My first Apple product grew out of developing instruments based on Ohio Scientific computers, which used the same processor as the Apple II. I did prototyping with a Rockwell AIM-65 which also used the 65C02. This card has an AMD 9511 math coprocessor to speed up integer and floating point math by a factor of nearly 100. It was advertised in Physics Today (I know, weird choice) and came with a scientific Forth programming system. I have one still working and it is the slower of the two options offered. The chip was over $150 in 1979. I was so new to design for the amazingly clever Apple II that there are at least two chips that were not needed.
Next was image capture with a long range goal of astronomy products for research. This is a slow scan capture card useful for video of a still image. It captured one column of pixels for each vertical sweep of a video signal. Display was by looking at slices of the gray scale data in hi-res graphics mode.
Paul Baker from Apple and IAI partnered with me when I got the video capture working. To get some cash flow with a simple product he drew up an 80 column card we could sell quite a bit cheaper than Apple's.
The ImageWorks II was a breakthrough. I found that (or Paul suggested trying) my grayscale video output could be combined with the Apple IIe or //gs video with perfect alignment. This gave a great picture with 256 levels of gray and what amounted to a ninth bit for annotation and mouse, etc. It was cheaper to make my own video rate D/A converter for output using a CMOS latch and R/2R network seen in the lower left. The empty sockets accept video rate A/D converters for image capture. The inner socket fit a 6 bit converter and the outer fit a much more expensive 8 bit converter. Remember, 15 MHz bandwidth converters were rather expensive in the mid 80's. The color coding is the way I labeled PALs instead of part numbers. The black vertical sockets accepts a color output adapter with 5 bits each in RGB and a programmable pallet.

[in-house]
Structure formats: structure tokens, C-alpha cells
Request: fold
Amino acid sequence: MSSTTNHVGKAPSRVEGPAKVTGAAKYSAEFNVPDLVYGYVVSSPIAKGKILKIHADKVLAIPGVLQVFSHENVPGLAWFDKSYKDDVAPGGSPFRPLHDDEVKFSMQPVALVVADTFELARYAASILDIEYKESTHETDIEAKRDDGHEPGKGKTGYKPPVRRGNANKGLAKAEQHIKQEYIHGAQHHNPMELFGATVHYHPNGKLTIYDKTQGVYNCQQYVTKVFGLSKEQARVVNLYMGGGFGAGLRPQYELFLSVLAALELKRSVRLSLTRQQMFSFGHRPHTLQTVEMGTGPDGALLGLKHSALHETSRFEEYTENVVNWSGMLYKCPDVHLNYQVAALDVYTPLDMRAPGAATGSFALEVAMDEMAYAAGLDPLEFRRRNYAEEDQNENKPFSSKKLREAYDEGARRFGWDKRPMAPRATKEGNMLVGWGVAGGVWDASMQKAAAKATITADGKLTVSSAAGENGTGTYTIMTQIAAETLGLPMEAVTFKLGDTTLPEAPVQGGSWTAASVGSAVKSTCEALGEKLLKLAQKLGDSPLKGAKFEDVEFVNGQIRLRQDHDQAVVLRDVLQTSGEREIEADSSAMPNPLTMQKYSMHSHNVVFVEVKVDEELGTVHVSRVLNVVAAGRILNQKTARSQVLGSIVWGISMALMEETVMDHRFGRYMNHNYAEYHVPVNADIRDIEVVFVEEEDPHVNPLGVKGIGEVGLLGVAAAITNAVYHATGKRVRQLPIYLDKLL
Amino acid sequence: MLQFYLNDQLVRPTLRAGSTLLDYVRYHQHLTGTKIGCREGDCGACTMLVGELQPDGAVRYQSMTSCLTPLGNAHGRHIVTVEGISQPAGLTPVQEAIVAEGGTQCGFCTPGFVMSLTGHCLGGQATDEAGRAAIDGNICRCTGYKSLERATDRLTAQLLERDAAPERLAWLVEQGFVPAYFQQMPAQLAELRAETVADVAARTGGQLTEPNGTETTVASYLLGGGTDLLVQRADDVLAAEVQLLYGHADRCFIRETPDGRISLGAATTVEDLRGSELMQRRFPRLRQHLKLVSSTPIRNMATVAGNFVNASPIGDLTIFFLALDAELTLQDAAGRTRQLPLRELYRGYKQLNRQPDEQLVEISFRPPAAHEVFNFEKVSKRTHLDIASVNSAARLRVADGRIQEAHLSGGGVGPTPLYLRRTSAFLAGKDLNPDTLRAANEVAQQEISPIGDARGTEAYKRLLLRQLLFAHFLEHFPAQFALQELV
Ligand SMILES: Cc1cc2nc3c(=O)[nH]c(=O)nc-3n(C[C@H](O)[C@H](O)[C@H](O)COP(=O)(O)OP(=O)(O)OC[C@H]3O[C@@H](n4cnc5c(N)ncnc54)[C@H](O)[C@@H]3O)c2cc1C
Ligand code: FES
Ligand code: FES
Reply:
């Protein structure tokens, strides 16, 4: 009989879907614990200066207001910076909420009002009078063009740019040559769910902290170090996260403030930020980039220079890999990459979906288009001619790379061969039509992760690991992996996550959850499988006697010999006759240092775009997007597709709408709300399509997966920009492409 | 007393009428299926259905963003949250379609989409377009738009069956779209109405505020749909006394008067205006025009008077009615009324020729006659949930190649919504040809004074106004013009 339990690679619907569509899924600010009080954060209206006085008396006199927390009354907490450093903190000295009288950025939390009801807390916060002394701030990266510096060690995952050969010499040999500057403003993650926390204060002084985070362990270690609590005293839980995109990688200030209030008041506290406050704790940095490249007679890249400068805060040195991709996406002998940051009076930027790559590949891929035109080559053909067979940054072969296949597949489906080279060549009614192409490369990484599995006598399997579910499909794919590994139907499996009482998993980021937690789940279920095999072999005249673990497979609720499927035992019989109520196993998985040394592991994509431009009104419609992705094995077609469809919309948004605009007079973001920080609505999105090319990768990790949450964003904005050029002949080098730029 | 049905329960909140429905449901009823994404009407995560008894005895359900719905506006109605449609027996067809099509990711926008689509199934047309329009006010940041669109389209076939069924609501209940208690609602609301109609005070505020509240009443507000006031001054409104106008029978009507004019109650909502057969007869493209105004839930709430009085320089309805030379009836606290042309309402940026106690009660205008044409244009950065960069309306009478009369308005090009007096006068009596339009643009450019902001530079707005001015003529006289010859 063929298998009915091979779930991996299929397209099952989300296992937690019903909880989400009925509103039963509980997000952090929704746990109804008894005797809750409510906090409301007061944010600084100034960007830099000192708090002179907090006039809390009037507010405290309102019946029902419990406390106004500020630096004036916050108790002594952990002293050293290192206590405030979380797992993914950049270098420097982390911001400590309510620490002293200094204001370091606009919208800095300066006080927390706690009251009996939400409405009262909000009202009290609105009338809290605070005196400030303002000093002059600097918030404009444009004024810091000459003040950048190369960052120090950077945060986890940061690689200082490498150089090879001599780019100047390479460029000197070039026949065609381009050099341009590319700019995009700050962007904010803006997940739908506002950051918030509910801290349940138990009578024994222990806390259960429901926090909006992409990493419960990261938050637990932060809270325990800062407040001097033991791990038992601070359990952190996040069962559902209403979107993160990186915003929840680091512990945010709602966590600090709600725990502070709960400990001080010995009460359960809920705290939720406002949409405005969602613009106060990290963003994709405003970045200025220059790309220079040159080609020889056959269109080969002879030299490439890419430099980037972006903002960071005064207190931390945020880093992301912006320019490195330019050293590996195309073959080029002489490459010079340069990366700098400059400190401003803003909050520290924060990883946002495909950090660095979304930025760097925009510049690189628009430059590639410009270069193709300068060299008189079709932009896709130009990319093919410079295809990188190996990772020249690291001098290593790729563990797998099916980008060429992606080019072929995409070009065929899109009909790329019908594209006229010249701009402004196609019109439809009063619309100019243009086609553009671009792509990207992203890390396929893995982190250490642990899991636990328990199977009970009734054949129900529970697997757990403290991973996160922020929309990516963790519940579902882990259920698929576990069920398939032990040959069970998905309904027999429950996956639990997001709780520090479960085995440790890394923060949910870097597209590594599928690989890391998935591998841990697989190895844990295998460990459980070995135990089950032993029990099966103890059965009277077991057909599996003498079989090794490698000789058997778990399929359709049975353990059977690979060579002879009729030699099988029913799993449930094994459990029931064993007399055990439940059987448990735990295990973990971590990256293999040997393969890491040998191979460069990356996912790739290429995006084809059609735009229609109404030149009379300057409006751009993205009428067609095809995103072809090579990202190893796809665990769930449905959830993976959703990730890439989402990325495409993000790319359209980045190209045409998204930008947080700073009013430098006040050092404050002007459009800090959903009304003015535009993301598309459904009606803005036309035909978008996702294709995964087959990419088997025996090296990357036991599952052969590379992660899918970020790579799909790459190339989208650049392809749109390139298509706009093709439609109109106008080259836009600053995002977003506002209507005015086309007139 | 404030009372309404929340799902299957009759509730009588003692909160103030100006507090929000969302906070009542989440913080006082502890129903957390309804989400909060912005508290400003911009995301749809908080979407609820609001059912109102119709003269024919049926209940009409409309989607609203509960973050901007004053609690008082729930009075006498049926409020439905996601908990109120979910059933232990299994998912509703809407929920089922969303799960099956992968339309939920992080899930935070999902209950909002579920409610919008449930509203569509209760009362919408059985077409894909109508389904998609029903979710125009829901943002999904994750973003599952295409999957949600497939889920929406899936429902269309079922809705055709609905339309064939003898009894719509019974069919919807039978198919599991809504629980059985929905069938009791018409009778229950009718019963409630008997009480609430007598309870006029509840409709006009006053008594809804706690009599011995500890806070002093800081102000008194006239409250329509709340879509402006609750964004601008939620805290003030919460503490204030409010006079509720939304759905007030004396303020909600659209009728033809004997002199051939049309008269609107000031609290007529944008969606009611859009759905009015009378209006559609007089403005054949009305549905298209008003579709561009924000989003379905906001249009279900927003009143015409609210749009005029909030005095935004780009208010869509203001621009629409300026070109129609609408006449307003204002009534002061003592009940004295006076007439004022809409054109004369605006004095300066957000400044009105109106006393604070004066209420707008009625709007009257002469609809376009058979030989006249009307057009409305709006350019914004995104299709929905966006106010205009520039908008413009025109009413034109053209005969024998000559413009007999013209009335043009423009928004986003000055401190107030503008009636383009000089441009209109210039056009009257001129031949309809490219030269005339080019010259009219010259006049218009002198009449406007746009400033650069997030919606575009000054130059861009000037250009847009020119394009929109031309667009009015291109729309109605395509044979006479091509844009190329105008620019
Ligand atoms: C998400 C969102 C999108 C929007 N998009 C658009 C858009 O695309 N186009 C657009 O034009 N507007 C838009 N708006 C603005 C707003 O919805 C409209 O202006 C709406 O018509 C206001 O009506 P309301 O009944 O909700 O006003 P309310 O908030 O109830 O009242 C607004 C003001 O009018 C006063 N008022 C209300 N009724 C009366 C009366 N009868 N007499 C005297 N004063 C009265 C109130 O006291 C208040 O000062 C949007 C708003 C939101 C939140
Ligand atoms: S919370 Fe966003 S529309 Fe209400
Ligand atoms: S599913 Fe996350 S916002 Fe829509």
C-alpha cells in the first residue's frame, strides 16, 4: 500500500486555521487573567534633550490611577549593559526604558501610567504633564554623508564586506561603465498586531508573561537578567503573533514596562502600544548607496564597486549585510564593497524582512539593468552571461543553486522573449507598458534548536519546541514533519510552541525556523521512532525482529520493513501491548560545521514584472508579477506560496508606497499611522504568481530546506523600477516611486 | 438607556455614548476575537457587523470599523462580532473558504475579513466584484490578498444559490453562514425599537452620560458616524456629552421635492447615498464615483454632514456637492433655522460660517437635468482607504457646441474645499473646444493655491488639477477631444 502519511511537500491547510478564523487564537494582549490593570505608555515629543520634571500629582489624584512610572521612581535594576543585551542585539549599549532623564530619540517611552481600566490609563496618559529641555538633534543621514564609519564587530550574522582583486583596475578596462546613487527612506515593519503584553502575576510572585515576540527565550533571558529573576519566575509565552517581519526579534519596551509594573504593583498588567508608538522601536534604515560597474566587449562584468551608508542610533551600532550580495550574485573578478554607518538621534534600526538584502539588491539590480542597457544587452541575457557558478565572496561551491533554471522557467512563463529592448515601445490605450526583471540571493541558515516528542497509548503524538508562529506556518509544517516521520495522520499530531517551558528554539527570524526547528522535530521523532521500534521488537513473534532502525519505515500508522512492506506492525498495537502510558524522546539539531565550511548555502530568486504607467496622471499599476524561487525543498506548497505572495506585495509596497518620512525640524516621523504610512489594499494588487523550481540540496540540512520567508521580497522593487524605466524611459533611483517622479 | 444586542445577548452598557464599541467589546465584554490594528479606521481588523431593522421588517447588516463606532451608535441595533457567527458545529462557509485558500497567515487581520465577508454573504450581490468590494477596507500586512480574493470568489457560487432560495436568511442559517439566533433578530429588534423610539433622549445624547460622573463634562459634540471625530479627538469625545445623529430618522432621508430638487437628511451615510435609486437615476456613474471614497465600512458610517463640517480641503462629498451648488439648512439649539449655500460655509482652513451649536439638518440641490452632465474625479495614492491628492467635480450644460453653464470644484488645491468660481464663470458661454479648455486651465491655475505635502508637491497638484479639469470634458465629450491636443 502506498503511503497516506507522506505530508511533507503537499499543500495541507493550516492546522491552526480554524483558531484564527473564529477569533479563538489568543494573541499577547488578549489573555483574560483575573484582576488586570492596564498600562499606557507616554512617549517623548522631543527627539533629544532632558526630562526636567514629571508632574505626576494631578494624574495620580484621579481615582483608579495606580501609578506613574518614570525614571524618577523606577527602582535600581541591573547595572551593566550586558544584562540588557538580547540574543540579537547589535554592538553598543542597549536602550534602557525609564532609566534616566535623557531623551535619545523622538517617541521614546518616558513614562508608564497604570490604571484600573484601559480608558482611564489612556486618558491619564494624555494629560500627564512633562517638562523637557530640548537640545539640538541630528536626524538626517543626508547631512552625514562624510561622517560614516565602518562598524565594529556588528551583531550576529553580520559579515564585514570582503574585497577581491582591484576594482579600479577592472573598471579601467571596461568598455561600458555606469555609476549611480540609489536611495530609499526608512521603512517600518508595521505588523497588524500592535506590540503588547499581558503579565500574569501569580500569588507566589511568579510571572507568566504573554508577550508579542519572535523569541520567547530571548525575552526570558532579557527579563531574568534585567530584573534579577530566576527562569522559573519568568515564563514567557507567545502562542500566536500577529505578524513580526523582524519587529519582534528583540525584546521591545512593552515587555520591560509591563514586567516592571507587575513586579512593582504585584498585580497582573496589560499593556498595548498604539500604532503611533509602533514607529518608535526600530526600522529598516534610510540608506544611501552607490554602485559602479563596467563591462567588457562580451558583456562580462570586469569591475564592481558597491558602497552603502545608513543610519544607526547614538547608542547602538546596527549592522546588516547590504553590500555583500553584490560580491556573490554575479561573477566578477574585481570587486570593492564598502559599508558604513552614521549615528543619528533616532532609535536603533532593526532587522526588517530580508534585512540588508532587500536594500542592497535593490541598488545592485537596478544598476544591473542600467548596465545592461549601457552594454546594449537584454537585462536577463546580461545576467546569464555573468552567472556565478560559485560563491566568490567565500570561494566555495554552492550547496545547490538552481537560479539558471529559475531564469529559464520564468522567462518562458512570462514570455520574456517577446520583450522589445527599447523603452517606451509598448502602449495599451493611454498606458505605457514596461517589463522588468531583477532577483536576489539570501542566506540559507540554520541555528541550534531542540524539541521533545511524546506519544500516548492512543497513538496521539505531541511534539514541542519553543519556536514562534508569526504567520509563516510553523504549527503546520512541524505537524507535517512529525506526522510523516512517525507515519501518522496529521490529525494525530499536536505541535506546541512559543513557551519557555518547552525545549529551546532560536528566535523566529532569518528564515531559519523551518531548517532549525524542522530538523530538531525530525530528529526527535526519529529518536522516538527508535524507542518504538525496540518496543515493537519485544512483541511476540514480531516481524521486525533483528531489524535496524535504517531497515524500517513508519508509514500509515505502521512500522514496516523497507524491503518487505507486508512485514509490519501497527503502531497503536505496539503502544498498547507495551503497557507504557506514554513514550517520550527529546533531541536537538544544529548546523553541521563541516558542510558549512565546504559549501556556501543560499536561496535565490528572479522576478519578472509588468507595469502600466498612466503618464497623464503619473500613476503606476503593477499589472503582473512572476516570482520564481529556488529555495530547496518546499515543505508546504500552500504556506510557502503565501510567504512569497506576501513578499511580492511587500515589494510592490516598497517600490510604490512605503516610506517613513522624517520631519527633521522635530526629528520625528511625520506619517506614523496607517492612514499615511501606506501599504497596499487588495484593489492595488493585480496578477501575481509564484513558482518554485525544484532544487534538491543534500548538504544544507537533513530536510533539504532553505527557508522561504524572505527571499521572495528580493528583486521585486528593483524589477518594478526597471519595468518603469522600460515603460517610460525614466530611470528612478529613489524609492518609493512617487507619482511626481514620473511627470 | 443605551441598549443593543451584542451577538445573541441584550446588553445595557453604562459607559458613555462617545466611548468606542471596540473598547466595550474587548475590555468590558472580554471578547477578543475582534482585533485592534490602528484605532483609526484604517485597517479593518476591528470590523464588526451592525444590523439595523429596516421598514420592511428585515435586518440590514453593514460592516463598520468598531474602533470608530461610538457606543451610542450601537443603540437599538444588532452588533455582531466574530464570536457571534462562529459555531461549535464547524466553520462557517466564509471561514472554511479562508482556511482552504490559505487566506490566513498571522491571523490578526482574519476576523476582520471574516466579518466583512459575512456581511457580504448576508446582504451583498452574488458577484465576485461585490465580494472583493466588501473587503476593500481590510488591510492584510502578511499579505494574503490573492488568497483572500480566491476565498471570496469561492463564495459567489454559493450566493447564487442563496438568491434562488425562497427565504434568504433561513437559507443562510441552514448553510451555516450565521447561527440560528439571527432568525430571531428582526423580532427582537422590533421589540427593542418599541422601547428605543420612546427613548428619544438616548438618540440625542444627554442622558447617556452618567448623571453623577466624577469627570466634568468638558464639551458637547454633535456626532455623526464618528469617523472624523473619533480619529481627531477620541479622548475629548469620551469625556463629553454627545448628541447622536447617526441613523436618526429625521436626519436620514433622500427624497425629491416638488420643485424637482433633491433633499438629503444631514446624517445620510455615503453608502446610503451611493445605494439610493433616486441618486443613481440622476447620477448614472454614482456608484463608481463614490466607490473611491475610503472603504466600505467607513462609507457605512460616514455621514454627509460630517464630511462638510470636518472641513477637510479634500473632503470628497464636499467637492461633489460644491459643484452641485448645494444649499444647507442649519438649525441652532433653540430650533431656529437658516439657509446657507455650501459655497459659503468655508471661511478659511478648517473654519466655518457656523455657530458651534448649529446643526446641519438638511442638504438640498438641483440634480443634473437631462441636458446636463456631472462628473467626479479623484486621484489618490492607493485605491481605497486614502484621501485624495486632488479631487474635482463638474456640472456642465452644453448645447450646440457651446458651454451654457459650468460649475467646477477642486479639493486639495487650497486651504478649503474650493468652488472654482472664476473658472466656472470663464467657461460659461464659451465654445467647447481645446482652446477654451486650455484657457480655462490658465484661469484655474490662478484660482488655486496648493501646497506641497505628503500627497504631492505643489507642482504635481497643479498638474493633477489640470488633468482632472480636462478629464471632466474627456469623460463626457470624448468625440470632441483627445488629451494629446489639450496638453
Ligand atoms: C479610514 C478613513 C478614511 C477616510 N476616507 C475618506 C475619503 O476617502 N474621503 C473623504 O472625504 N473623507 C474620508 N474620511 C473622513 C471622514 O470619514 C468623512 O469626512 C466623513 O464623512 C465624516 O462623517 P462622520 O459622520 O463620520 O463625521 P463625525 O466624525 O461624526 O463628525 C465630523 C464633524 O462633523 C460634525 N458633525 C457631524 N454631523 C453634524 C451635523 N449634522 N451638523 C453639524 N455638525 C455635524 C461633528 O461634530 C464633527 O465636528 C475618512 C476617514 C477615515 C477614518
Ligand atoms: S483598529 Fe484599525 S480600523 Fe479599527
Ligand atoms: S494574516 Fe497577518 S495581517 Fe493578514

There was considerable interest in this very low cost entry to image processing. Researchers in Italy and Greece became repeat customers. One company had a standing order for their electron microscope control and analysis system. Sky and Telescope ran an article by a professor using several for astronomy classes with stored images and at the telescope. Coincidentally, about the time I was planning CCD camera products, an English company began advertising in Sky and Telescope with an astronomy software product called "Redshift". They refused to change the name or buy it from me. Perhaps they new I didn't have the resources to go to court. It certainly seemed so from their dismissive letters. S&T refused to turn down their ads despite having just published the article with my Redshift Limited corporate name all over it. I became caught up in Defense Department work and dropped the other projects for a while. However, as an educator I have been able to (and continue to) save many people from the mistake of buying from a company with such questionable business ethics.
Here is an ImageWorks II with color adapter. Note that in production, I switched the sockets to the back side for a better fit in Slot 7. I built them both ways due to a regular customer who had Apples so loaded that they only fit one way. If you run across an Apple II with a Dapple Systems sticker on it, check for accelerators and ImageWorks cards.